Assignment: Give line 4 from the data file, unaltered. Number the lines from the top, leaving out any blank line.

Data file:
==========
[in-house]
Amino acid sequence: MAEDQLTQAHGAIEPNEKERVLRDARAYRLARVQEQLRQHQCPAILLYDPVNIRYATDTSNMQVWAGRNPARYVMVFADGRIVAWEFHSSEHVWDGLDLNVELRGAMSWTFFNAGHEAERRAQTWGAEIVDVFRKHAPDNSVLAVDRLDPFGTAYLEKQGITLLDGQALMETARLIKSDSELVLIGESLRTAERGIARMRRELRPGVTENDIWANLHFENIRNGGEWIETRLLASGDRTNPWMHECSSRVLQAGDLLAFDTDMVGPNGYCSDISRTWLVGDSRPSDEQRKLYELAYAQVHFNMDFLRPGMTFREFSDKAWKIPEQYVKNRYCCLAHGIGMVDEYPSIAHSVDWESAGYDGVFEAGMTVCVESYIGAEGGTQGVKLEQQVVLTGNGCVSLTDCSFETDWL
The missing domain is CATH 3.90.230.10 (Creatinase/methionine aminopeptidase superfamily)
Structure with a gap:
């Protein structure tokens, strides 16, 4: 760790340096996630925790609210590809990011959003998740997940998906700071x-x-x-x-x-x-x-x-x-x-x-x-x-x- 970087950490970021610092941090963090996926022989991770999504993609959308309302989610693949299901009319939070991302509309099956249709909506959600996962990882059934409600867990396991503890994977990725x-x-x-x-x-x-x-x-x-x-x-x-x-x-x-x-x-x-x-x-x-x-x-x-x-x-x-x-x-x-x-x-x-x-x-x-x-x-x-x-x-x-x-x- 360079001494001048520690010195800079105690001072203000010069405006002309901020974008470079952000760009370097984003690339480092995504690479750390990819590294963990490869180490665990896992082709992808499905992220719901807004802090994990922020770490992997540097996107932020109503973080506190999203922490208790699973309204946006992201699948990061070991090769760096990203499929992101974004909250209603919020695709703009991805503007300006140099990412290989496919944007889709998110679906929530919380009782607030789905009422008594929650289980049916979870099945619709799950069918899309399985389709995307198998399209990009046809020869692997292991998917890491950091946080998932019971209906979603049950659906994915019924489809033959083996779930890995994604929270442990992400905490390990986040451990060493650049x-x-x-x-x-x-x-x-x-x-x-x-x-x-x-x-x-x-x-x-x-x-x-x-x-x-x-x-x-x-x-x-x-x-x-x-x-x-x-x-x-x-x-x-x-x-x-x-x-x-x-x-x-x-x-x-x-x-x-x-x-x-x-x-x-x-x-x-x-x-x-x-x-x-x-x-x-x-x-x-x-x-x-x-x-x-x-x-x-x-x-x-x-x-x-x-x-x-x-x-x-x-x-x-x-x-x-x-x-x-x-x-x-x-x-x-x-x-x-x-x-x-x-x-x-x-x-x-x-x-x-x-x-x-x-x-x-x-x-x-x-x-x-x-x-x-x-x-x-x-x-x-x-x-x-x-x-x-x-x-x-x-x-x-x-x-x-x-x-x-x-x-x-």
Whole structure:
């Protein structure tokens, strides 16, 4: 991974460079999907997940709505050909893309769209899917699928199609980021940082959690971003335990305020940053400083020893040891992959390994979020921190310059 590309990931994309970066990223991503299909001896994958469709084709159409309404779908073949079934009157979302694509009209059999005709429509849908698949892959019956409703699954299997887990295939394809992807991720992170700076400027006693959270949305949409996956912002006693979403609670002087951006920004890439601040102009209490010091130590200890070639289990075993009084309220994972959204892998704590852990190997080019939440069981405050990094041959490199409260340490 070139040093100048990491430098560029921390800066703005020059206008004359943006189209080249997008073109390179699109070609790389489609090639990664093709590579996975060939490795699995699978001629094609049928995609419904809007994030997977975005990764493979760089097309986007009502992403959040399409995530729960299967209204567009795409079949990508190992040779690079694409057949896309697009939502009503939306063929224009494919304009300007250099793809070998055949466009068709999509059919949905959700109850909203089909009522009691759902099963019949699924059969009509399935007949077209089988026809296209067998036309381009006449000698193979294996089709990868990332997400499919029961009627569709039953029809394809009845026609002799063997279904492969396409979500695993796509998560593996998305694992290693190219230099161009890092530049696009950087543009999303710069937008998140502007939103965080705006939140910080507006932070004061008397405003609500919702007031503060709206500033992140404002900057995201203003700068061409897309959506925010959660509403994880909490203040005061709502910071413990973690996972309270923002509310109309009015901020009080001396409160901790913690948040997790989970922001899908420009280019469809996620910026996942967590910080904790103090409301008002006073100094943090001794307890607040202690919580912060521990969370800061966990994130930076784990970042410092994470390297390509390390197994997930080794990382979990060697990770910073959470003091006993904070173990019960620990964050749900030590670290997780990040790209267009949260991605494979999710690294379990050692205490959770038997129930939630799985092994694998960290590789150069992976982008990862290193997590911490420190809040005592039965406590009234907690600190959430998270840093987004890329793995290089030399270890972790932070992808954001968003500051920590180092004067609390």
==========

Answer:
Structure with a gap: